CDA and the Hemp Advisory Committee address the challenges for the future of Hemp


The Colorado Department of Agriculture hosted a meeting of the Hemp Advisory Committee on November 27th. The majority of the meeting was a review of the state of Hemp in Colorado. The meeting closed with a long discussion about the challenges facing the Hemp Industry. This COHIA update focuses on these so that we can prepare for 2018 and the future of Hemp.

Federal Policy

-not all states getting the same guidance
-Need judicial prudence
-discrepancy between USDA and DEA
-industrial hemp farming act has some concerning elements

Federal Seed Act is not being enforced
-low quality ‘certified’ seed being dumped into the US market
-no recourse for low quality seed, no quality assurance, true-ness, type or quality
-also, true across state lines

Different State Regulations
-Lack of uniformity will impact the industry
-need a common perspective

Can’t catch us all (bad players)
-counter culture effort to encourage cannabis planting without registering
-participating in Industrial Hemp Program is voluntary
-no matter the THC level this is illegal marijuana with no protection from the DEA
-seriously undermines the legitimacy of the program

The system gamers issue

-registrants submitting artificially early harvest reports to get tested early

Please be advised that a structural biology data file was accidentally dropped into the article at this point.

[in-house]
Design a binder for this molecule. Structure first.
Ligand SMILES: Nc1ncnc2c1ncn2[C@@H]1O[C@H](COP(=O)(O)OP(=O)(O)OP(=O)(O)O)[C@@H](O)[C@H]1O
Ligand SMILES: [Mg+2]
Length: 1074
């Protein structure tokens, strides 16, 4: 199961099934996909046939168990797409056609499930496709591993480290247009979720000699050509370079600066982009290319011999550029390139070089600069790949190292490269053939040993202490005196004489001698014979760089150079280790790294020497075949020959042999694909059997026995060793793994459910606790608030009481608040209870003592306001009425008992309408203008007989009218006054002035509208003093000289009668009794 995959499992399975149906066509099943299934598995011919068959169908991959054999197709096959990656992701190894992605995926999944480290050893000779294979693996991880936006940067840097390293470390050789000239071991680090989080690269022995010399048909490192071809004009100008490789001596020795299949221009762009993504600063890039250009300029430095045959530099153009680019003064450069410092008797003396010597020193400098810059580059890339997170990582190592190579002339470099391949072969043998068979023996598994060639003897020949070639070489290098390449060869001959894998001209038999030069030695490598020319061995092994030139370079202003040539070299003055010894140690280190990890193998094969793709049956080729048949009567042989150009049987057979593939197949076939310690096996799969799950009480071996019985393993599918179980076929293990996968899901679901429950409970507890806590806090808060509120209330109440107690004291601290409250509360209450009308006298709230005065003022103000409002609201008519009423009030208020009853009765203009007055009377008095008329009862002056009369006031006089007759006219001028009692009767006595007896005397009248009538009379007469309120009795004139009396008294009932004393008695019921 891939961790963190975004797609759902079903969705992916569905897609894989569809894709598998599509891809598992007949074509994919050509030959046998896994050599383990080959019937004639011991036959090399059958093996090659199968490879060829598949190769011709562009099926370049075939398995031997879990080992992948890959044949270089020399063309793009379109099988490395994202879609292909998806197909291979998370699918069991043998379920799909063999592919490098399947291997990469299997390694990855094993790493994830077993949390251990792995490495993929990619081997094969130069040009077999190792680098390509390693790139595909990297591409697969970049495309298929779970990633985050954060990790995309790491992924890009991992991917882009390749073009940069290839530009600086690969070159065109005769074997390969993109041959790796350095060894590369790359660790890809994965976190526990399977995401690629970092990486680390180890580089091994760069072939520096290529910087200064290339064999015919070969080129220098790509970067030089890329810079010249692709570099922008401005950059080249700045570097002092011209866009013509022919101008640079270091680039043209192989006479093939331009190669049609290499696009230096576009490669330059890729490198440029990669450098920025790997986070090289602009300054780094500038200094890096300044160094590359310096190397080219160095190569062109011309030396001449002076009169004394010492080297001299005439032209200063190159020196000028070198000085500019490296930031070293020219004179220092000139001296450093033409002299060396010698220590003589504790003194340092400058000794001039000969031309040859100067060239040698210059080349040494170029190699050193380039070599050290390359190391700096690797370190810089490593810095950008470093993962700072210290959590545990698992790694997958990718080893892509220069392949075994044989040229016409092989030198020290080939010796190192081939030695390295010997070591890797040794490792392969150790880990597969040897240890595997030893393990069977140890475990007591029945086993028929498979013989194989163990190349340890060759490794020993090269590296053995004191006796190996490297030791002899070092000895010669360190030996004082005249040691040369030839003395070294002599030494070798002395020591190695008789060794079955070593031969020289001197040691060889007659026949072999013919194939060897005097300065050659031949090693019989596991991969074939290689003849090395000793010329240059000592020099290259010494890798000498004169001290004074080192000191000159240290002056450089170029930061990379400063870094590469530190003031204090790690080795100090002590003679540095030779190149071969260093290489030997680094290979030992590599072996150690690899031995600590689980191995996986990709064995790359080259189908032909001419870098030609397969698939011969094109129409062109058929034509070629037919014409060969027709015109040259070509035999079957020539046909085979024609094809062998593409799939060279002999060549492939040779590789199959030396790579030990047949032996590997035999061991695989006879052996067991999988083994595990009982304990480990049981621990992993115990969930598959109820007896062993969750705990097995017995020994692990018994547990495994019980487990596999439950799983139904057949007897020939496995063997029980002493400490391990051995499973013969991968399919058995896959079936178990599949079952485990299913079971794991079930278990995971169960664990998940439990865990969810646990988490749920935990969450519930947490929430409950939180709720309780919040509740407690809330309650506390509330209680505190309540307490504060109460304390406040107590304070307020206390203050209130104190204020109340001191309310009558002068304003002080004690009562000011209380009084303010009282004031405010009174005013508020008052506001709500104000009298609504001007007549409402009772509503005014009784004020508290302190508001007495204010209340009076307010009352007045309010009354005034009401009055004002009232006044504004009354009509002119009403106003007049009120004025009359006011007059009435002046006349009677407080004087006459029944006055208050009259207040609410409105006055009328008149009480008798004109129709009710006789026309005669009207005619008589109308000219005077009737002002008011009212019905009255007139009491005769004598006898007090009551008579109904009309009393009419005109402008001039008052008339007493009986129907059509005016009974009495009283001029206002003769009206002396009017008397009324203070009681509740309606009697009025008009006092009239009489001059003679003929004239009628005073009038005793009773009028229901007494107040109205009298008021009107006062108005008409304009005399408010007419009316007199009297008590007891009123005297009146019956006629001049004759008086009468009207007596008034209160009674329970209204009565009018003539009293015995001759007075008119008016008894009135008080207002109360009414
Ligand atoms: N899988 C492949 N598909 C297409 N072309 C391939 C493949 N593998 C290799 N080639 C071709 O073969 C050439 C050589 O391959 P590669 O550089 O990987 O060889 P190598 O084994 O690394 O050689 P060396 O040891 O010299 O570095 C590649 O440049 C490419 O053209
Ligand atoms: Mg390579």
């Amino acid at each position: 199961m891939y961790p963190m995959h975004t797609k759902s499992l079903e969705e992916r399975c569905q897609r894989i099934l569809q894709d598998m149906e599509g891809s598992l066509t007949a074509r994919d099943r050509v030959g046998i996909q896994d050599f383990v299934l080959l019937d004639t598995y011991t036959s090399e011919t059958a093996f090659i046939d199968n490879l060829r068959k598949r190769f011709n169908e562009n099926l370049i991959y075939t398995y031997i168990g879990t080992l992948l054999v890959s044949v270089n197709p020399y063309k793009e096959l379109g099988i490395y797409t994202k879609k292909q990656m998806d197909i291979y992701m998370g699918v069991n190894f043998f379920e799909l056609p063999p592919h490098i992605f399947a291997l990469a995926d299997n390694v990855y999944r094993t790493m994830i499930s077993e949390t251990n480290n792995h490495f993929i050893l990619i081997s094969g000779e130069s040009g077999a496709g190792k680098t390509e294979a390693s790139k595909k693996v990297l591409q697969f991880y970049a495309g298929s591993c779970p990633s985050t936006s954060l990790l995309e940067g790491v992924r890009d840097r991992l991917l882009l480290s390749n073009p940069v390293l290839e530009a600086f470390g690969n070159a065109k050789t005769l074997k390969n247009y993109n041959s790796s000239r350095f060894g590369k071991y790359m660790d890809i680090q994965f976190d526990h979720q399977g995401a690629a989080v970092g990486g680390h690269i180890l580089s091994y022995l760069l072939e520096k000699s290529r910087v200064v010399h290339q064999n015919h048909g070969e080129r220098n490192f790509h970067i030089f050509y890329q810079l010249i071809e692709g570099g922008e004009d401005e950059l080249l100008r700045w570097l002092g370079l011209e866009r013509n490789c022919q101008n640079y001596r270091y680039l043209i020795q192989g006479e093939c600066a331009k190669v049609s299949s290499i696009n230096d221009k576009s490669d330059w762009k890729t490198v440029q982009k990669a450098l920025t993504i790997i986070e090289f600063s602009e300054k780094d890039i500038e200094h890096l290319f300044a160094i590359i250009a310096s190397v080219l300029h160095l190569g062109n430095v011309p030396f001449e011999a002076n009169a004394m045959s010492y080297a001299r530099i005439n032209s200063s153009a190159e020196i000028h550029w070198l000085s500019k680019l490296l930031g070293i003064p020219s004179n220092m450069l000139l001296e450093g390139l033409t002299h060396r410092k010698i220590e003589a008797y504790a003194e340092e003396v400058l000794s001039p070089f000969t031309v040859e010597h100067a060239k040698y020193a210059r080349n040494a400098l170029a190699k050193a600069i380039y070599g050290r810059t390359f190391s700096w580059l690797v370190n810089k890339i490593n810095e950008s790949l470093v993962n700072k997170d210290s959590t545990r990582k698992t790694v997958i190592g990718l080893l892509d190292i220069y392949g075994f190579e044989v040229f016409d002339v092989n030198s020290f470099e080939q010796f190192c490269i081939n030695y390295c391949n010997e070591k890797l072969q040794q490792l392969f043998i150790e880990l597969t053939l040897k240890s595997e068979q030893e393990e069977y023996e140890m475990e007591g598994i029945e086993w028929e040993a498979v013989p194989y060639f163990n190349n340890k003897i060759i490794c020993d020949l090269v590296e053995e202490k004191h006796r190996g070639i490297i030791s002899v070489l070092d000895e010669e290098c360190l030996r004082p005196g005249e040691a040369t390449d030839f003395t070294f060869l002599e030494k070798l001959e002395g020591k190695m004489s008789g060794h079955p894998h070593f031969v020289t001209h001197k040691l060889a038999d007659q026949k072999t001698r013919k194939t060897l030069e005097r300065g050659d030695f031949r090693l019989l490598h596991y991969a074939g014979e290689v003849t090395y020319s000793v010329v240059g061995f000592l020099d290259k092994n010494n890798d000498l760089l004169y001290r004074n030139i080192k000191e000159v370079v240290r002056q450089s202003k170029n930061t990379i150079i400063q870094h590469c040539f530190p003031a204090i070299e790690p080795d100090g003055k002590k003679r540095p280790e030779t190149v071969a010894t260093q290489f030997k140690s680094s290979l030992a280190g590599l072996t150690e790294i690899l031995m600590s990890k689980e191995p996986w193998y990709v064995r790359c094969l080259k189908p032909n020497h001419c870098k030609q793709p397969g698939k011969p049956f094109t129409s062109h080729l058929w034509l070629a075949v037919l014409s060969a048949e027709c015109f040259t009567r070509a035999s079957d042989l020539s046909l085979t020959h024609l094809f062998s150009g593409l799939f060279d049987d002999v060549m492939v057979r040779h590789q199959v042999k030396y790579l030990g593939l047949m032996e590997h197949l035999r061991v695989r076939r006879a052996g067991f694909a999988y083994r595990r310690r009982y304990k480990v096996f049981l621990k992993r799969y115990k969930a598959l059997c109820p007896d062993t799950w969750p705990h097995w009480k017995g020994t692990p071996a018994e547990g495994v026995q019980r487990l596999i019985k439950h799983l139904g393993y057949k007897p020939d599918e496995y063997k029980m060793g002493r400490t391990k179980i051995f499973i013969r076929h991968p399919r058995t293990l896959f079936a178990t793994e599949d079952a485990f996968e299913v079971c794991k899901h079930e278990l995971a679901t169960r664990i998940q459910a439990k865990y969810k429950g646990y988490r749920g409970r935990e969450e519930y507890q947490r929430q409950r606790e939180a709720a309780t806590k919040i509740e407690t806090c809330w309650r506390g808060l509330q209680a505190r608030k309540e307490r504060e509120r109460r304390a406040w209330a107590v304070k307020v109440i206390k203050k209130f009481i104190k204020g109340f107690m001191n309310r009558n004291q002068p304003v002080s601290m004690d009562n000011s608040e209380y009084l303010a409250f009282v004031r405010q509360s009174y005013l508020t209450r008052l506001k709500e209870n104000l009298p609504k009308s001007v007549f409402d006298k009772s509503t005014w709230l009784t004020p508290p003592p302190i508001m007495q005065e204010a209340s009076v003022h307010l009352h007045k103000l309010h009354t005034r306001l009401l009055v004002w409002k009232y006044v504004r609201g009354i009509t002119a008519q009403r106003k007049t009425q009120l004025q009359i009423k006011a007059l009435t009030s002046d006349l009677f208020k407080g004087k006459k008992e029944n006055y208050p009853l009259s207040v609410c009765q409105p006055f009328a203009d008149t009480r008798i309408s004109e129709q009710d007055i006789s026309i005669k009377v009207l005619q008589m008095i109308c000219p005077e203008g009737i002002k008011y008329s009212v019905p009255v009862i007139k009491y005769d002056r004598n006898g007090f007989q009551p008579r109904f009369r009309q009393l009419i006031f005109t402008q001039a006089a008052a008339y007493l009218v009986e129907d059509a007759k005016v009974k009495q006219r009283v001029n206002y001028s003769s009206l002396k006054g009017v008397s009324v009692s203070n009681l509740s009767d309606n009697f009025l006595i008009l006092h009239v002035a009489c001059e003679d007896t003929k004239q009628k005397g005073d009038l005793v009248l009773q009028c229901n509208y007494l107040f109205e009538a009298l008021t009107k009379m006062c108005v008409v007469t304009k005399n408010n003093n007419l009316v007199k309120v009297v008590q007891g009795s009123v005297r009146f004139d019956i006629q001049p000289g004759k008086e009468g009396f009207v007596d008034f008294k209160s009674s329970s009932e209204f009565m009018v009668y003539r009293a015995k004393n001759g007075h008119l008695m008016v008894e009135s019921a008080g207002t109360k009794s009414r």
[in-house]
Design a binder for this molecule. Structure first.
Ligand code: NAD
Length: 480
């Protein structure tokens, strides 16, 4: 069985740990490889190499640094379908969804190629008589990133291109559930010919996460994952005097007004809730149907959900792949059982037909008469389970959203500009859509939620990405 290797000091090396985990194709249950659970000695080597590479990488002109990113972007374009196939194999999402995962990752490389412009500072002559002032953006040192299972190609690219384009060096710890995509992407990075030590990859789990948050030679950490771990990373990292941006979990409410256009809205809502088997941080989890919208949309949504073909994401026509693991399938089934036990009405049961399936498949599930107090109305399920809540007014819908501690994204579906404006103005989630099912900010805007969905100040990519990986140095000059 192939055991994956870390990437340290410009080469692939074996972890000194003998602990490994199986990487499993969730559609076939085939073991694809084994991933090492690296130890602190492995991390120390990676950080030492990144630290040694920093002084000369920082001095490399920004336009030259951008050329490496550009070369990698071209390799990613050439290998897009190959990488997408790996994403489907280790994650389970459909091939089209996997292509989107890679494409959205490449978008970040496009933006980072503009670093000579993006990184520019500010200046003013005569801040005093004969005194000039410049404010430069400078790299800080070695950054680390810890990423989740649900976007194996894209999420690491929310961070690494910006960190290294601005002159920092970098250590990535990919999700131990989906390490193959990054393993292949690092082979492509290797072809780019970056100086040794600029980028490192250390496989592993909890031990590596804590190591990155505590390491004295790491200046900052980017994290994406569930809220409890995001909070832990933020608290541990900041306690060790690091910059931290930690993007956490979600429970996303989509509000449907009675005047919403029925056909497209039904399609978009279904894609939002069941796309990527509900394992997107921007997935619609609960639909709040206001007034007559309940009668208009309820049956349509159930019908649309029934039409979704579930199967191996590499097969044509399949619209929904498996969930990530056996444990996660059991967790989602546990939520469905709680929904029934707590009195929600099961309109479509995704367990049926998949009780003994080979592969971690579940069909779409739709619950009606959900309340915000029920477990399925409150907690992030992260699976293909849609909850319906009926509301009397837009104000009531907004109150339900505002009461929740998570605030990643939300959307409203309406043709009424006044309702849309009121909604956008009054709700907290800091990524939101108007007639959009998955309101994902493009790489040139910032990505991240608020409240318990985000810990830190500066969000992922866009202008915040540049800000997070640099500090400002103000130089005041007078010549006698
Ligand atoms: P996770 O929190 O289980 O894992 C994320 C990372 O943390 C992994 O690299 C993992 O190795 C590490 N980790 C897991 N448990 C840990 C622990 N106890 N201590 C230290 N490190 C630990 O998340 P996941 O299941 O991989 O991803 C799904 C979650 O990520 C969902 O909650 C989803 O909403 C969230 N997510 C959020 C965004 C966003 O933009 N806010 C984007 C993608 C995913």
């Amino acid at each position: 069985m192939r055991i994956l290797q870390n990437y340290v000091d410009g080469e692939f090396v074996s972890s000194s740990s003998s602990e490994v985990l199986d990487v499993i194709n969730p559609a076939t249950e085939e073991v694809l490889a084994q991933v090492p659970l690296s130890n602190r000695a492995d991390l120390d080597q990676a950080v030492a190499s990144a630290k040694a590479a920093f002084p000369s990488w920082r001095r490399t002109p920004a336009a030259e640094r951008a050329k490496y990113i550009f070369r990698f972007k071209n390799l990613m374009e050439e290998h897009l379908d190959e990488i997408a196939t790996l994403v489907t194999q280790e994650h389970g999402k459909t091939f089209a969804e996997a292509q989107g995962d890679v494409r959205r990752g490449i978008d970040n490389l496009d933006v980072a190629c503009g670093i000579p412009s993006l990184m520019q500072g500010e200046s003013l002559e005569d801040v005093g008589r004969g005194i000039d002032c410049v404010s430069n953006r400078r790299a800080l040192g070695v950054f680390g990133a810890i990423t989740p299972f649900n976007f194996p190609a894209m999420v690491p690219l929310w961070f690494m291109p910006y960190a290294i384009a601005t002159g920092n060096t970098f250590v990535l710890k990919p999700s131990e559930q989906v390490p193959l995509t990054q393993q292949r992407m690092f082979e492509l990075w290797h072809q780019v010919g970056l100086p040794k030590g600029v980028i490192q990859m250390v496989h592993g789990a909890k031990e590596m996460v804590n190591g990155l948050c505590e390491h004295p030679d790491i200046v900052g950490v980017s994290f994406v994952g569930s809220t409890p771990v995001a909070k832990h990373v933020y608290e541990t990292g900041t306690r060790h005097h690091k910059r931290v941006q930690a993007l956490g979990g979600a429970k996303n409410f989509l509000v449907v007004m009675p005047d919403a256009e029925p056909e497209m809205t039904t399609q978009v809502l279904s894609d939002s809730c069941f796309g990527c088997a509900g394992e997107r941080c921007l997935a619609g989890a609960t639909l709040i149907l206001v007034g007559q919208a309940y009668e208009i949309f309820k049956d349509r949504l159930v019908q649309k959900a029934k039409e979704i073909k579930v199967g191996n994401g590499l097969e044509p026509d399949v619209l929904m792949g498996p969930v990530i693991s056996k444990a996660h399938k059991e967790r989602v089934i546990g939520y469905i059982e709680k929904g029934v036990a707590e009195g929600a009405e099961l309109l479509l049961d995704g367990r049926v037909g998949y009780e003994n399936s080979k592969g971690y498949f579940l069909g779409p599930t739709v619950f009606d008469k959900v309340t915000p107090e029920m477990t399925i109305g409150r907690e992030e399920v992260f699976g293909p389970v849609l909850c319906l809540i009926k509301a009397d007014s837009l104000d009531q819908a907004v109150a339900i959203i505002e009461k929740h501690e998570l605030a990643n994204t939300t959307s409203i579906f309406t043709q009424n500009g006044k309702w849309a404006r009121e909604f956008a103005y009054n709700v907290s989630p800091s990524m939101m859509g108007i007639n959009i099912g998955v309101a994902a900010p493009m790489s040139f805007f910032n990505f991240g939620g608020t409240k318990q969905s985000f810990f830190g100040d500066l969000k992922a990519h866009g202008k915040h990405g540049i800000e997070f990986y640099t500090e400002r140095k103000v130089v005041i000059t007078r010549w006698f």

-few illegal marijuana plantings in registered acres

-using hemp registrations to hide marijuana grows


Blurred Industry lines

-raising the THC limit

-use of non-compliant materials in the market

-use of marijuana waste to be used as ‘industrial hemp’

-more regulations would be needed to maintain the constitutional provisions to keep them separate

-increases the regulatory job of the CDA

-does not reward the farmers who are compliant and growing Hemp


Law Enforcements changing involvement

-all of these things have shifted law enforcements perception

-a few bad apples

-DEA has been more cooperative, but that seems to be sliding

-law enforcement has begun to be very aggressive

-much different than 2015 and 2016

-increased number of calls with premature and unsubstantiated suspicions

-CDA is most concerned about inspector safety

The future of Industrial Hemp is up to the farmers, manufacturers and retailers. We need to hold each other accountable, to celebrate those who are playing by the rules and producing superior products with transparency and accountability. Colorado is leading the country in Hemp production and policy now, but it is the strength of our community that will keep us leading the country in the future.

by Hunter Buffington


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